We want to live in a world where women and girls are not at risk of female genital mutilation (FGM) or other harmful practices. Tell us about the world you want to live in with #TheWorldIWantToLiveIn on social media.
“…Things will be so much easier for you now,” Hulu’s The Handmaid’s Tale’s Aunt Lydia tells Emily during the climactic scene in season one when the latter wakes up from what it quickly emerges is state-sanctioned Female Genital Mutilation (FGM).
Needless to say, things are anything but easier for Emily in Gilead.
At least 200 million women and girls alive today have been subjected to FGM and every year at least 3.9 million girls globally are at risk of undergoing FGM. The practice is recognized as a violation of the human rights of women and girls under international law, and yet it continues to happen on every continent across the world, with the exception of Antarctica.
There is no medical benefit to FGM and whether it is performed during a ritual ceremony without anesthetic, as is common in many parts of the world or in a “medical” setting, such as where FGM was carried out on Emily, the practice can cause women and girls lifelong harm.
Women and girls who have undergone FGM face what can be excruciatingly painful sexual intercourse and menstruation, persistent urinary tract and other infections, less or no sexual satisfaction, and an increased risk of complications during childbirth, and harmful effects to their mental and physical health. Like real life survivors of FGM, the trauma and side effects of the violation she experienced continue to stay with Emily, even after she has escaped to Canada.
From the United States to India to Liberia, millions of women are living with the lifelong consequences of FGM. While FGM occurs on every continent and across all cultural, religious and socio-economic groups, it is always about controlling women and girls’ sexuality. Just as Emily was subjected to FGM after her affair with a Martha was exposed, women and girls are subjected to FGM as a way to control their bodily autonomy.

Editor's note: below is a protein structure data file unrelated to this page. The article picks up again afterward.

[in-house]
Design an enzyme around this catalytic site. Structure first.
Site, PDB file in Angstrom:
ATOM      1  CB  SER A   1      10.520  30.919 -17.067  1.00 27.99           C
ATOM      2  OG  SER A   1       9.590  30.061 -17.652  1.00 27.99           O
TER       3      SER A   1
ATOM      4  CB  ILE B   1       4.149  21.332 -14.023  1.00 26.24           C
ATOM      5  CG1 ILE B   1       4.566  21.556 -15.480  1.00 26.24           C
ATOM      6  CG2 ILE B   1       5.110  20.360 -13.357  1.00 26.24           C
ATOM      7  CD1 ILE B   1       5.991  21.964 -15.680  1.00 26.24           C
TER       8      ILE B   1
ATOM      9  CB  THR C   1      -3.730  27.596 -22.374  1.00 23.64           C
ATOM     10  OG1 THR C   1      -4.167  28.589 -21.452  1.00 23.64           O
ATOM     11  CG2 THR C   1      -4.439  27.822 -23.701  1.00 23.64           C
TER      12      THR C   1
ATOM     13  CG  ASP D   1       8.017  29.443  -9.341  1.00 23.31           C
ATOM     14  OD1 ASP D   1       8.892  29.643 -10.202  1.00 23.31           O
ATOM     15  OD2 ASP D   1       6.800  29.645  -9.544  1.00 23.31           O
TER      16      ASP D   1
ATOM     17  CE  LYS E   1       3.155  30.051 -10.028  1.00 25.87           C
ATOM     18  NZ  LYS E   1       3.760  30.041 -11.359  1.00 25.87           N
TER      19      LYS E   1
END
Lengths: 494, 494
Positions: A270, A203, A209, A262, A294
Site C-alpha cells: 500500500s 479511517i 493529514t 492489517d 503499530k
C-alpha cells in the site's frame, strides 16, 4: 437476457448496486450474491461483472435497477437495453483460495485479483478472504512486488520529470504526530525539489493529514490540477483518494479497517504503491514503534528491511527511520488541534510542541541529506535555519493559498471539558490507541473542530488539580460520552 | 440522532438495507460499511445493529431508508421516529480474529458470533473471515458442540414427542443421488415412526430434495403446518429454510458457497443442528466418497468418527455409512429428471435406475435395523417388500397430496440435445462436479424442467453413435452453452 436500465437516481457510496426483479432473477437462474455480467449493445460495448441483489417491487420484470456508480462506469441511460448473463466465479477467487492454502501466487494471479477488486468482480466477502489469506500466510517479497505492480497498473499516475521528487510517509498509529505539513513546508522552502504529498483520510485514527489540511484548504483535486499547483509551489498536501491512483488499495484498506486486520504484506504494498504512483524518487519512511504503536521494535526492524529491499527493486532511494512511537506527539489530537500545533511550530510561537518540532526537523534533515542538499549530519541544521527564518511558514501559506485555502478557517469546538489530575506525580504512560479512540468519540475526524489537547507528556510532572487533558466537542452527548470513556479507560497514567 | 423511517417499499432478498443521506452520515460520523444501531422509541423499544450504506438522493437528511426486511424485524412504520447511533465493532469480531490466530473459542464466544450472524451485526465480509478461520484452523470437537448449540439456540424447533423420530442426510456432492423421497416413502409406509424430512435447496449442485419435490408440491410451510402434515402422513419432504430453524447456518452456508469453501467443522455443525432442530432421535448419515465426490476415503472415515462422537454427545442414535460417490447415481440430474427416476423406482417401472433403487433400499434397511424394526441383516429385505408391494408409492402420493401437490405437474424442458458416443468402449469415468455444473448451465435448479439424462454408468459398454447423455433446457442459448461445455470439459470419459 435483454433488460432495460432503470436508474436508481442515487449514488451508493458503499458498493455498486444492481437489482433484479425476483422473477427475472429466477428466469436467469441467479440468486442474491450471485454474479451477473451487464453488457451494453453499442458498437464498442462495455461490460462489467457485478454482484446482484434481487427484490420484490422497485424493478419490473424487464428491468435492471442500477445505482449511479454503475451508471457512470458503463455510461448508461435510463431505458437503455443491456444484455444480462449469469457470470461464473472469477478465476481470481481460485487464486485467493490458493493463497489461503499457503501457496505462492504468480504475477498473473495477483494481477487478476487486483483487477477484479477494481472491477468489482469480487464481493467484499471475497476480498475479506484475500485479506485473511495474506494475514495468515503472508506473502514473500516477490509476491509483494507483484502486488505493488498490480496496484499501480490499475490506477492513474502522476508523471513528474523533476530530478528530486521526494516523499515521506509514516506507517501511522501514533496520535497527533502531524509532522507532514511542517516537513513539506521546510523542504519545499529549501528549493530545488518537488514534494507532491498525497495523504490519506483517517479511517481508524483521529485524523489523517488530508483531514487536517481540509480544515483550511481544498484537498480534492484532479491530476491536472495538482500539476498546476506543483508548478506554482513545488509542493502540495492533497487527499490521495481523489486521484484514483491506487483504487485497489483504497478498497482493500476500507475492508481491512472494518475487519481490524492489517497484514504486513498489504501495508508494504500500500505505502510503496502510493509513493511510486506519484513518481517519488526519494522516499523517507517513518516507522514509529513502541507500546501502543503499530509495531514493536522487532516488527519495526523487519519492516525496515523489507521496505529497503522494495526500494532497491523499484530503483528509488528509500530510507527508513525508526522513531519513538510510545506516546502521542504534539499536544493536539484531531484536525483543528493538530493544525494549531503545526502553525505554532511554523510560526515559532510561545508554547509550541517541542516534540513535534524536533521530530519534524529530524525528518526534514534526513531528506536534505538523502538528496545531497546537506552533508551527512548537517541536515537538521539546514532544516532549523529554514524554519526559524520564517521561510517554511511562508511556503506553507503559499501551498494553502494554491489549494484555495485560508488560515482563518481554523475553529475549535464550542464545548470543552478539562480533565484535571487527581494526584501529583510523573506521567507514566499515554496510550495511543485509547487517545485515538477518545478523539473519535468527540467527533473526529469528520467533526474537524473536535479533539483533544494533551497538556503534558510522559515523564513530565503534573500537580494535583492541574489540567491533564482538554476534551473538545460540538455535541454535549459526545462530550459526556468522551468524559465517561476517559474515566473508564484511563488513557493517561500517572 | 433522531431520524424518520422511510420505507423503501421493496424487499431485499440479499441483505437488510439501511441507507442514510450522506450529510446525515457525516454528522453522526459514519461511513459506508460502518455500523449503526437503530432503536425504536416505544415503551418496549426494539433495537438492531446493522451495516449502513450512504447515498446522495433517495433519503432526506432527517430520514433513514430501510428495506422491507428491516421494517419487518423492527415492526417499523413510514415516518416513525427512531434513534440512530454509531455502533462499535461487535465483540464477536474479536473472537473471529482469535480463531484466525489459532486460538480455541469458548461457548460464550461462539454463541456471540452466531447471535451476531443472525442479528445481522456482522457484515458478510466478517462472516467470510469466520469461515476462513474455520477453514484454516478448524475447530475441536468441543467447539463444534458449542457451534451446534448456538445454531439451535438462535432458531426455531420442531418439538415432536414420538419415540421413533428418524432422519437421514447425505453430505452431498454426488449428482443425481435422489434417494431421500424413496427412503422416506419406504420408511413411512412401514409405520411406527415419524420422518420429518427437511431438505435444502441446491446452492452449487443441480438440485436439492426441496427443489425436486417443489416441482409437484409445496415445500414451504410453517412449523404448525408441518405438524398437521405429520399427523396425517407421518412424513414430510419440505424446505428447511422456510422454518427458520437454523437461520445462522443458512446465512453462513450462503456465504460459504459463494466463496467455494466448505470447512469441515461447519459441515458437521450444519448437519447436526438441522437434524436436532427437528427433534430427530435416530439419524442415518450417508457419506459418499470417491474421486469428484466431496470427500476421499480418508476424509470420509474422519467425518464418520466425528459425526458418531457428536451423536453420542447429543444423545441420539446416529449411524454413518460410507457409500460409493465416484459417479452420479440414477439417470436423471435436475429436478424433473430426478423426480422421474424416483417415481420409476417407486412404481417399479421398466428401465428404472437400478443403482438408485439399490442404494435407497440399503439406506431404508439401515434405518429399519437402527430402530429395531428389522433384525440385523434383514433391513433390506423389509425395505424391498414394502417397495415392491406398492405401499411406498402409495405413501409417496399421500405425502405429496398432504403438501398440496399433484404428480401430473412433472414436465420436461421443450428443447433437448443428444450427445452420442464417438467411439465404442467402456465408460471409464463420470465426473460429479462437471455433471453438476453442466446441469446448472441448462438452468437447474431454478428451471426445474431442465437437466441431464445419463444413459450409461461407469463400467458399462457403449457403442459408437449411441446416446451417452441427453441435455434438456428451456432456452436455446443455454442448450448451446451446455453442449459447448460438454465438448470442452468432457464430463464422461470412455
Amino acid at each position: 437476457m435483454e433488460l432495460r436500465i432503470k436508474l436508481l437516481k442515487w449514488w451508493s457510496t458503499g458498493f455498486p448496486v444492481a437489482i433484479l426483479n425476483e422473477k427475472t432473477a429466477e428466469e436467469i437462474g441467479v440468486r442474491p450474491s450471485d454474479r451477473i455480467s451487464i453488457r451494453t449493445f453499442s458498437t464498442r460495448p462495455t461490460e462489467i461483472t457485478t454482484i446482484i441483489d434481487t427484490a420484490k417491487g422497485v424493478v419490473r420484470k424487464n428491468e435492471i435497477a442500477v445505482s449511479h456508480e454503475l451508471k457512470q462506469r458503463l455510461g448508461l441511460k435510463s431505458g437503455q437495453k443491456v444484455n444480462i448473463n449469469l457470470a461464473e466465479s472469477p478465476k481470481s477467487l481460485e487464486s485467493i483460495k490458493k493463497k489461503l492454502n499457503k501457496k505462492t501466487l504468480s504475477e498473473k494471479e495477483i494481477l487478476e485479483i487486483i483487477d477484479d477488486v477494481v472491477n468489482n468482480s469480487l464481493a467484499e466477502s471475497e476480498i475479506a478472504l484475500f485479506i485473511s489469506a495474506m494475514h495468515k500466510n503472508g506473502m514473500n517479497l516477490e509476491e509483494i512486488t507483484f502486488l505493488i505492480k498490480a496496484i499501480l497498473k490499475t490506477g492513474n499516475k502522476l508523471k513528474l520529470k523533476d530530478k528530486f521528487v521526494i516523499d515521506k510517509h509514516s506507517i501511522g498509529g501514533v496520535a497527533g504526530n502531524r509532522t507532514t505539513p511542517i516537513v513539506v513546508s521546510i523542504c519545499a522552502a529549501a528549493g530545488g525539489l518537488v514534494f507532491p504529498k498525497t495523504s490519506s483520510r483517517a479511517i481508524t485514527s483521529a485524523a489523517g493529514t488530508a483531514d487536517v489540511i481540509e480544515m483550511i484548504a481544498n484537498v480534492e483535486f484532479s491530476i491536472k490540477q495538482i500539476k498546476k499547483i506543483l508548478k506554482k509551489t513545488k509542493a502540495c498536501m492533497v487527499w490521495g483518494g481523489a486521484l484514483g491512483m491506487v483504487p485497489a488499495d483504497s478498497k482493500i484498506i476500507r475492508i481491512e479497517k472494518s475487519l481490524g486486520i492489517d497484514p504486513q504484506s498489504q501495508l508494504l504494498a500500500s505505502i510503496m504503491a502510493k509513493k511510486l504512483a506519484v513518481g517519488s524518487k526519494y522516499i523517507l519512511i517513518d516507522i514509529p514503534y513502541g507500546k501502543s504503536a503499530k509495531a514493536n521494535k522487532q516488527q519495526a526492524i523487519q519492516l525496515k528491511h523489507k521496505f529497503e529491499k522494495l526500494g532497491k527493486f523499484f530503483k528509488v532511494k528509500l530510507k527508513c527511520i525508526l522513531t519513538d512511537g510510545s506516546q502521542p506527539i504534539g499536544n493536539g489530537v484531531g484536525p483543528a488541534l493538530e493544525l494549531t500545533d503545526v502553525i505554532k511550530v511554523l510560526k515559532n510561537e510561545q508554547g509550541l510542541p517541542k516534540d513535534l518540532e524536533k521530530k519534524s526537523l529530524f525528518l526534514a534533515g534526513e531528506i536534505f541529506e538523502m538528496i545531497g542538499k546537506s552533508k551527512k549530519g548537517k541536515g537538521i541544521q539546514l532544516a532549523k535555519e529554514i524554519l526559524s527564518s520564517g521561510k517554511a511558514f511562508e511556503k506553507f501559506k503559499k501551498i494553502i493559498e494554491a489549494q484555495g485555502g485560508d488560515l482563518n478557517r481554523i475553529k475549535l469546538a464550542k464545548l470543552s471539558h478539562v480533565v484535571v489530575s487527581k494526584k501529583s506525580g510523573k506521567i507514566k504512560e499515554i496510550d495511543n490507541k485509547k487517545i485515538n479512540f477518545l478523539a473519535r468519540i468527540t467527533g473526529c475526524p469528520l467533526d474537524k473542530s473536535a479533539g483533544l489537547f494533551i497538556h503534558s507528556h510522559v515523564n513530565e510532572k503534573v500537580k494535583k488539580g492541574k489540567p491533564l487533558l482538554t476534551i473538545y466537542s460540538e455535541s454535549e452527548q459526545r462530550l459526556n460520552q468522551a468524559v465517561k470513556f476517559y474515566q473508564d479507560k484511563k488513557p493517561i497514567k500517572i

‘“FGM is not just about cutting the clitoris, it is about suppression, control and indoctrination,” says Adama, from The Gambia and now living in the United States. “When you cut me, you are telling me that I cannot enjoy my sexuality. It is totally wrong.”
Martha, who is now an anti-FGM campaigner and activist is also a survivor and former cutter herself, recalls being subjected to FGM at age 14. “It was very painful, and I was told to stay still and not complain, otherwise I would be known as a coward.”
FGM can never be undone, but as those who have seen the most recent season of The Handmaid’s Tale know, clitoral reconstruction is emerging as a possibility for some survivors. This kind of operation is very new and still requires further study and research, but eventually may provide survivors like Emily the chance to make active decisions about what happens to their bodies after being robbed of that choice
For over thirty years, Equality Now has been committed to working toward an end to FGM everywhere, but to move forward in our efforts to eradicate FGM, every one of us must to commit to engaging in discussions around gender equality within our families, communities, social networks, and at the national and international level. Because that’s exactly what it will take: every one of us. Everywhere.
Equality Now is proud to partner with Hulu’s The Handmaid’s Tale as we work toward a world we all want to live in – a world where no girl or woman is at risk of harmful practices like FGM. Don’t you? Let Us Know with #TheWorldIWantToLiveIn and #WakeUp on social media.
Watch The Handmaid’s Tale Season Three now on Hulu in the United States and on Channel 4 in the U.K.